Angkor is a region in Cambodia that served as the seat of power of the Khmer empire from the 9th to the 15th century. Spread over almost 200 square kilometres is a collection of temples that form one of the greatest collections of Hindu and Buddhist architecture in the world. The principal temple of Angkor, Angkor Wat, was built in the 12th century and is considered to be the largest single religious monument ever built.
Largely reclaimed by the surrounding jungle after it was abandoned in the 15th century, it wasn’t until the 19th century that archaeologists began to uncover many of Angkor’s magnificent temples, although some, like Angkor Wat, remained in use. Some temples to this day are still entwined with the giant trees that have grown to become part of their very structure.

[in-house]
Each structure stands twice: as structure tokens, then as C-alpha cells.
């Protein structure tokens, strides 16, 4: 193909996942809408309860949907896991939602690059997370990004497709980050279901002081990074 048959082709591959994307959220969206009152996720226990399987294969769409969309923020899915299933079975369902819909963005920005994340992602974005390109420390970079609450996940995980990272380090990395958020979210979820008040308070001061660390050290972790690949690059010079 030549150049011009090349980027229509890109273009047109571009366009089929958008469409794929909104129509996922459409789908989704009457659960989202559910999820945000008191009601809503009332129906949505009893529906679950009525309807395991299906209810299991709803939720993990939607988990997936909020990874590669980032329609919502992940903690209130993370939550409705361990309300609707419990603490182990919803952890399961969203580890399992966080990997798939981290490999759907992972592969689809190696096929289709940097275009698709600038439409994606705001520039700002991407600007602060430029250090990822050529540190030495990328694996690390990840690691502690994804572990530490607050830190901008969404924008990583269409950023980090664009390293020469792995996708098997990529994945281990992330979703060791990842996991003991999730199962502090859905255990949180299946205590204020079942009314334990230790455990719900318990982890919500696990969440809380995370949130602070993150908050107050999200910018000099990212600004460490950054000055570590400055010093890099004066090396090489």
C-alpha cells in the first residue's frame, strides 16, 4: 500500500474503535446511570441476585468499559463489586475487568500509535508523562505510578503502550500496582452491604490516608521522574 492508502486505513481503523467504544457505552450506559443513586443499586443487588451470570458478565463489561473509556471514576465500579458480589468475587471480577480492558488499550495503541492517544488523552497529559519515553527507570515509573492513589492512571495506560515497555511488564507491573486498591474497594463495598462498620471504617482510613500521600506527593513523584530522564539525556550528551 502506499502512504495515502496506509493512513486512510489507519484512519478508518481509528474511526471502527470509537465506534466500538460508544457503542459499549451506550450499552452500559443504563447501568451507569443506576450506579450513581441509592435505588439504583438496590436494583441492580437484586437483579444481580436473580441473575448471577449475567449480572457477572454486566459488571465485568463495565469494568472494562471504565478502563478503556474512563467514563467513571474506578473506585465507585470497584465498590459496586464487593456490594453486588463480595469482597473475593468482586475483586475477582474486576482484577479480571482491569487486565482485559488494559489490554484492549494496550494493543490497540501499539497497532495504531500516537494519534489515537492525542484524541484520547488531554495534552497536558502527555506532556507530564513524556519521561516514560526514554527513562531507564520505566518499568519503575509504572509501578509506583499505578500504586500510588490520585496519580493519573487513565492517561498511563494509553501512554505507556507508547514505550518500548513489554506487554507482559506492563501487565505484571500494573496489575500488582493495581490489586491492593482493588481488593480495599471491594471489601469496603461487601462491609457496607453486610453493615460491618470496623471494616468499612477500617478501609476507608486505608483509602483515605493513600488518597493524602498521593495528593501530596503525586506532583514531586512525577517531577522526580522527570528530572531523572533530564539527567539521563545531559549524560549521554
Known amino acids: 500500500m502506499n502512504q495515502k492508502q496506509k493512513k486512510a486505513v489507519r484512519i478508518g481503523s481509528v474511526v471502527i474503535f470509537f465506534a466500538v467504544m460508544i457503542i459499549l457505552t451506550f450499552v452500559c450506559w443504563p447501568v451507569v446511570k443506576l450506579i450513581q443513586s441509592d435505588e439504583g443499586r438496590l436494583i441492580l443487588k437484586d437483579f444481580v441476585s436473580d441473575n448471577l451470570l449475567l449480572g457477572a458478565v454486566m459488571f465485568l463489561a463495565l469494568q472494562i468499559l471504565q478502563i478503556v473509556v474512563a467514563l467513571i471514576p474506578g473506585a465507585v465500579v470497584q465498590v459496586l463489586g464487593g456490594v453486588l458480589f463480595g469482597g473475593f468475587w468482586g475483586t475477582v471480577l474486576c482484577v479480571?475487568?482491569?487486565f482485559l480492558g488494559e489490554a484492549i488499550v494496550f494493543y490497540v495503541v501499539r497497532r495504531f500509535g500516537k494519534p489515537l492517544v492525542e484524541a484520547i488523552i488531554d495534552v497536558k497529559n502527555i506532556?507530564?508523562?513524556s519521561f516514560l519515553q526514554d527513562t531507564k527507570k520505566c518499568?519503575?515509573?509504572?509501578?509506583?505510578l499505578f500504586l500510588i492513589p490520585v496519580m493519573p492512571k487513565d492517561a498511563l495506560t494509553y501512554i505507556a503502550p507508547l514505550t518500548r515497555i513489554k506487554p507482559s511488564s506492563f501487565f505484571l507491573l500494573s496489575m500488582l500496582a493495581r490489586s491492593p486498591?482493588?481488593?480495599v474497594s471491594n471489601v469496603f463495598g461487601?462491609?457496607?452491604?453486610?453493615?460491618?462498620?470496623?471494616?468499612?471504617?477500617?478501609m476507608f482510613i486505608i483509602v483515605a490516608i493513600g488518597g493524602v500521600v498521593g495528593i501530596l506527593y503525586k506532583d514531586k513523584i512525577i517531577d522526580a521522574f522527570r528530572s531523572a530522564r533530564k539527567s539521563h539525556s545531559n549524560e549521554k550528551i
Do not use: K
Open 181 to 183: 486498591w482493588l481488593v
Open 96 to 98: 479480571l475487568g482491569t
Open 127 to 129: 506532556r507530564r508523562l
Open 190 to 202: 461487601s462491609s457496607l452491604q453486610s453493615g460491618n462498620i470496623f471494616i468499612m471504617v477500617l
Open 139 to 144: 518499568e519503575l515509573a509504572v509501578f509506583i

Over the last decade, the volume of tourists visiting Angkor has increased exponentially. With a million visitors annually, the character of the site is changing. The centrepieces of Angkor – Angkor Wat, the Bayon, Angkor Thom – are crowded with tourists descending from buses from dawn until dusk, and the local town, Siem Reap, is being transformed and redeveloped by the economic energy the tourists bring. Yet despite this inundation, there remains an incomparable beauty and elegance in the temples of Angkor.
© Ben Johnson